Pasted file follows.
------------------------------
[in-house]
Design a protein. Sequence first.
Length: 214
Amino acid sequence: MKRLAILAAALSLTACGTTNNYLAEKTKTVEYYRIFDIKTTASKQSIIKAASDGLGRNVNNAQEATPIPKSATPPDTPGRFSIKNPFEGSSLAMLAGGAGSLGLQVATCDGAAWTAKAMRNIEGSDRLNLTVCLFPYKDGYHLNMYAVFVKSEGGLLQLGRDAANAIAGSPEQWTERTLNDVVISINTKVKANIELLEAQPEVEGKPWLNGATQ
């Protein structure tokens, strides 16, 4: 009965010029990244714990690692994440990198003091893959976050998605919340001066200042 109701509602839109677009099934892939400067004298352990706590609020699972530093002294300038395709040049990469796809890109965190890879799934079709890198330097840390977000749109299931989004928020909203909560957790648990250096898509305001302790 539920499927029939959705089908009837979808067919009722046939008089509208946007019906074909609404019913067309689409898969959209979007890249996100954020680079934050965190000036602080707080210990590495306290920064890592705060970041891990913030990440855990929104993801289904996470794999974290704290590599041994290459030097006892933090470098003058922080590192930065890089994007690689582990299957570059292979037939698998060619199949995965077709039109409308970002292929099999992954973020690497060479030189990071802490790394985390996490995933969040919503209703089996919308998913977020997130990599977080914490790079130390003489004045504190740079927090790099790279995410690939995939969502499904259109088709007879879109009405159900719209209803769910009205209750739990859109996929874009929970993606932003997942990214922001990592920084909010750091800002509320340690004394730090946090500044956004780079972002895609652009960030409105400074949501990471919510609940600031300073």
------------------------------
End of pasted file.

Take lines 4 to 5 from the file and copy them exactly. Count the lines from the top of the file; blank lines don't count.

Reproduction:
Amino acid sequence: MKRLAILAAALSLTACGTTNNYLAEKTKTVEYYRIFDIKTTASKQSIIKAASDGLGRNVNNAQEATPIPKSATPPDTPGRFSIKNPFEGSSLAMLAGGAGSLGLQVATCDGAAWTAKAMRNIEGSDRLNLTVCLFPYKDGYHLNMYAVFVKSEGGLLQLGRDAANAIAGSPEQWTERTLNDVVISINTKVKANIELLEAQPEVEGKPWLNGATQ
């Protein structure tokens, strides 16, 4: 009965010029990244714990690692994440990198003091893959976050998605919340001066200042 109701509602839109677009099934892939400067004298352990706590609020699972530093002294300038395709040049990469796809890109965190890879799934079709890198330097840390977000749109299931989004928020909203909560957790648990250096898509305001302790 539920499927029939959705089908009837979808067919009722046939008089509208946007019906074909609404019913067309689409898969959209979007890249996100954020680079934050965190000036602080707080210990590495306290920064890592705060970041891990913030990440855990929104993801289904996470794999974290704290590599041994290459030097006892933090470098003058922080590192930065890089994007690689582990299957570059292979037939698998060619199949995965077709039109409308970002292929099999992954973020690497060479030189990071802490790394985390996490995933969040919503209703089996919308998913977020997130990599977080914490790079130390003489004045504190740079927090790099790279995410690939995939969502499904259109088709007879879109009405159900719209209803769910009205209750739990859109996929874009929970993606932003997942990214922001990592920084909010750091800002509320340690004394730090946090500044956004780079972002895609652009960030409105400074949501990471919510609940600031300073």